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    ABSTRACT: Abstract Alzheimer's disease (AD) is a complex neurodegenerative disorder, which involves many underlying pathological processes. Recently, it has been demonstrated that AD also includes impairments of insulin signaling in the brain. Type 2 diabetes is a risk factor for AD, and AD and diabetes share a number of pathologies. The classical hallmarks of AD are senile plaques and neurofibrillary tangles, which consist of amyloid-β and hyperphosphorylated tau. Based on the two hallmarks, transgenic animal models of AD have been developed, which express mutant human genes of amyloid precursor protein, presenilin-1/2, and tau. It is likely that these mouse models are too limited in their pathology. In this work, we describe mouse models that model diabetes and show insulin signaling impairment as well as neurodegenerative pathologies that are similar to those seen in the brains of AD patients. The combination of traditional AD mouse models with induced insulin impairments in the brain may be a more complete model of AD. Interestingly, AD mouse models treated with drugs that have been developed to cure type 2 diabetes have shown impressive outcomes. Based on these findings, several ongoing clinical trials are testing long lasting insulin analogues or GLP-1 mimetics in patients with AD.
    Reviews in the neurosciences 12/2013; 24(6):607-615. DOI:10.1515/revneuro-2013-0034 · 3.31 Impact Factor
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    • "It is worth noting that one of the risk factors for AD is diabetes mellitus, in which excessive generation of free radicals was may play a major pathogenic role (Lipinski, 2001). This has recently resulted in raising intriguing questions regarding the common denominator in AD and diabetes (Craft, 2012; Adeghate et al., 2013; Vignini et al., 2013). Another factor has been suggested to be involved in the pathogenesis of AD, which is copper known to generate hydroxyl radicals in hypoxia. "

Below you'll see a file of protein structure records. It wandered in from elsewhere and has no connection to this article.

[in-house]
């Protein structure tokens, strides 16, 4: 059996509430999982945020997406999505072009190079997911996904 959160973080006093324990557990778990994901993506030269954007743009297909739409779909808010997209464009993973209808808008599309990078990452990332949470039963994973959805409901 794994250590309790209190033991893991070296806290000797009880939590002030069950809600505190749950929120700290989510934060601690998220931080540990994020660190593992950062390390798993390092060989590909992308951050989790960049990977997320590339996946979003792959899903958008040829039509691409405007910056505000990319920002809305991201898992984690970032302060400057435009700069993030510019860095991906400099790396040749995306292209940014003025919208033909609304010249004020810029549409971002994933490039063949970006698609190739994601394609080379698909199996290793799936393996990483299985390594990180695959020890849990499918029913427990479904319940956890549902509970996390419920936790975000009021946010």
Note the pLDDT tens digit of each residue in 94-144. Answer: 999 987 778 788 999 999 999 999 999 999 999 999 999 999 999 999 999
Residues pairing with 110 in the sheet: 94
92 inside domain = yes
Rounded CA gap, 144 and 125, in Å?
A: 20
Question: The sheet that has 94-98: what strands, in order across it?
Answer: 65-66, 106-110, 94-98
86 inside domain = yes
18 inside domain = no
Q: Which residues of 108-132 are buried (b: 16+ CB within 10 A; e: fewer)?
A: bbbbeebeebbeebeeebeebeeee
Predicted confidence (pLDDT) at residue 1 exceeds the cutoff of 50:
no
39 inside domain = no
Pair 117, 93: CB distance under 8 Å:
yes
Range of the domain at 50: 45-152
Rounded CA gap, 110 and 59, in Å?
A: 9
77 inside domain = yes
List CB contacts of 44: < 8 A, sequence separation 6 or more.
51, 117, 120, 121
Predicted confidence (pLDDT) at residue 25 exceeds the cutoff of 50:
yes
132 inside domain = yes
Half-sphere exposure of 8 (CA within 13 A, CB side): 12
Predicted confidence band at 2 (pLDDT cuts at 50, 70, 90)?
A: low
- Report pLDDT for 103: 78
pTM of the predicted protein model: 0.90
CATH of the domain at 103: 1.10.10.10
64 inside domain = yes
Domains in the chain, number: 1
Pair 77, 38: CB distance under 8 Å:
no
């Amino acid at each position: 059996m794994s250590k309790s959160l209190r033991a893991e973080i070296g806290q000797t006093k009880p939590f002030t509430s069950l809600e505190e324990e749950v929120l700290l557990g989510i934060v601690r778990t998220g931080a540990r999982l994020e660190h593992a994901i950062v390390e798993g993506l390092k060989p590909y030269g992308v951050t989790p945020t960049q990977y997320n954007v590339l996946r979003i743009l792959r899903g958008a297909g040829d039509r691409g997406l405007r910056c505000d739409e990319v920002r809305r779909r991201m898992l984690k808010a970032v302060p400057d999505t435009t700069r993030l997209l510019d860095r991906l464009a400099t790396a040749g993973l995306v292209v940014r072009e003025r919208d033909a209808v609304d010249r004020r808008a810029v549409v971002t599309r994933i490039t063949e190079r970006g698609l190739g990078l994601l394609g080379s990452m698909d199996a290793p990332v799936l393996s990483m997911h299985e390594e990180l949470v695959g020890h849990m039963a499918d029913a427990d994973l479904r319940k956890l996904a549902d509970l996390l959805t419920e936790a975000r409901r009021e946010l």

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    ABSTRACT: Amyloid hypothesis of Alzheimer's disease (AD) has recently been challenged by the increasing evidence for the role of vascular and hemostatic components that impair oxygen delivery to the brain. One such component is fibrin clots, which, when they become resistant to thrombolysis, can cause chronic inflammation. It is not known, however, why some cerebral thrombi are resistant to the fibrinolytic degradation, whereas fibrin clots formed at the site of vessel wall injuries are completely, although gradually, removed to ensure proper wound healing. This phenomenon can now be explained in terms of the iron-induced free radicals that generate fibrin-like polymers remarkably resistant to the proteolytic degradation. It should be noted that similar insoluble deposits are present in AD brains in the form of aggregates with Abeta peptides that are resistant to fibrinolytic degradation. In addition, iron-induced fibrin fibers can irreversibly trap red blood cells (RBCs) and in this way obstruct oxygen delivery to the brain and induce chronic hypoxia that may contribute to AD. The RBC-fibrin aggregates can be disaggregated by magnesium ions and can also be prevented by certain polyphenols that are known to have beneficial effects in AD. In conclusion, we argue that AD can be prevented by: (1) limiting the dietary supply of trivalent iron contained in red and processed meat; (2) increasing the intake of chlorophyll-derived magnesium; and (3) consumption of foods rich in polyphenolic substances and certain aliphatic and aromatic unsaturated compounds. These dietary components are present in the Mediterranean diet known to be associated with the lower incidence of AD and other degenerative diseases.